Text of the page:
King's Lynn Pub Food

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Guild hall in Kings Lynn 02

Review of King's Lynn:

Factfile for Kings Lynn:

Location of Kings Lynn: Norfolk, East of England, Eastern England, UK.

Kings Lynn Post Code: PE30

Kings Lynn Dialling Code: 01553

Kings Lynn Population: 42,800 (2011 Census)

Kings Lynn Ordnance Survey Map Reference: TF62390

First named Lynn or Lin (and later as Bishop's Lynn), the lively market town of King's Lynn, Norfolk was formerly one of the most important seaports in Britain. It presently has a populace of around forty two thousand and draws in a fairly high number of travellers, who head there to absorb the story of this lovely city and also to experience its countless excellent tourist attractions and entertainment possibilities. The name of the town possibly comes from the Celtic word for "pool or lake" and refers to the truth that the area was once engulfed by a significant tidal lake.

Kings Lynn is located beside the Wash in the county of Norfolk, that giant bite out of England's east coast where King John is assumed to have lost all his treasure in 1215. He had enjoyed a feast by the elite of Lynn (which it was known as at that time), back then a vital port, and as he went westwards towards Newark, he was surprised by an unusual high tide and the treasures were lost on the mud flats. Shortly after this, John died of a surfeit of lampreys (or a surfeit of peaches), dependent on which story you believe. Currently King's Lynn was always a natural centre, the hub for trade betwixt the East Midlands and East Anglia, the train terminus of the London, Cambridge, Ely main line, and a bridge which links 'high' Norfolk heading in the direction of Norwich to the east, with 'low' Norfolk, the flat marsh and fen lands to the south of the Wash.

Kings-lynn-river-great-ouseKing's Lynn's royal associations happen to be more substantial at present in comparison to King John's era. A few kilometres away to the north-east you will find Sandringham Park, a significant tourist attraction and one of the Queen's exclusive estates. King's Lynn itself is established predominantly on the east bank of the River Great Ouse estuary. A number of the roads next to the river, in particular those close to the twin-towered St Margaret's Church, are very much the same as they were several centuries ago.

If the town has a center of attention it would very likely be the historic Tuesday Market Place into which King Street leads, in particular in recent times ever since the old Corn Exchange has been remodeled into a primary centre of entertainment. Nearly all of the buildings around the Tuesday Market Place are Victorian or even before that. These include the eye-catching Duke's Head Hotel, erected in 1683, and a grade II listed building since 1951, the Corn Exchange (1854) and the Globe Hotel (first put up in 1650).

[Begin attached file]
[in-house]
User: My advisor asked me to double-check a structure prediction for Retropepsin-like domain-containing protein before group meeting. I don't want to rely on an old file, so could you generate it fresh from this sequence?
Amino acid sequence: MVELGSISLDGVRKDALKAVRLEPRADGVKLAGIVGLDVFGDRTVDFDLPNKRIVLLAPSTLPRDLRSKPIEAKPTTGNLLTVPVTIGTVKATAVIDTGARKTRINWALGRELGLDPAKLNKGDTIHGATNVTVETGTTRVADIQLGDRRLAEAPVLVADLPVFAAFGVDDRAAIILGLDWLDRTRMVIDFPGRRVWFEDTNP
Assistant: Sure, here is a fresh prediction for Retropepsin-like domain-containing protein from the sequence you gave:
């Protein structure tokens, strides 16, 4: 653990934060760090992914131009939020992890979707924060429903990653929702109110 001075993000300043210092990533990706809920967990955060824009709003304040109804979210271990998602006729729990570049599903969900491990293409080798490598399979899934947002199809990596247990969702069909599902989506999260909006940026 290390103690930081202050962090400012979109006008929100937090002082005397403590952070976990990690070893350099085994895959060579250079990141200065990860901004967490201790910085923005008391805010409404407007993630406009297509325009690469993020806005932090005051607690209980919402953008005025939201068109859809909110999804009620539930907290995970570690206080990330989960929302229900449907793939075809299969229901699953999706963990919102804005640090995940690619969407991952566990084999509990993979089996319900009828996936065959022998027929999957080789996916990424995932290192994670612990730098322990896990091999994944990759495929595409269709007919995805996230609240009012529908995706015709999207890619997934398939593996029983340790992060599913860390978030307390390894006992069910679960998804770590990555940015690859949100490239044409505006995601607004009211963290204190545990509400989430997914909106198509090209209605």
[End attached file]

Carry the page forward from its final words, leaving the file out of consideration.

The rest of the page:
The Story of King's Lynn - Most likely originally a Celtic community, and certainly settled in Anglo Saxon times it was outlined simply as Lun in the 1086 Domesday Book, and held by Bishop Almer of Elmham. The town was only called King's Lynn in and after the 16th C, and had at first been called Bishop's Lynn (and just Lynn prior to that), the Bishop's aspect of the name was assigned as it was the property of a Bishop, who established a Benedictine priory there in 1095, and it was this Bishop who initially allowed the town the right to hold a weekly street market in 1101. It was likewise at about this time period that the St Margaret's Church was erected.

Bishop's Lynn progressively developed into a key trading hub and port, with merchandise like salt, grain and wool being exported by way of the harbour. By the fourteenth century, it was among the principal ports in the British Isles and a lot of commerce was done with the Hanseatic League (Baltic and German merchants), and the Hanseatic Warehouse being constructed for them in 1475.

The town of Bishop's Lynn lived through a couple of substantial disasters in the 14th C, firstly in the form of a dreadful fire which demolished large areas the town, and the second by way of the Black Death, a terrible plague which resulted in the the loss of about fifty percent of the occupants of the town during the period 1348 and 1349. In 1537, at the time of Henry VIII, the town came under the control of the monarch instead of the bishop and it was hereafter identified as King's Lynn, the following year Henry also closed down the Benedictine Priory as part of his Dissolution of the Monasteries (1536-1541).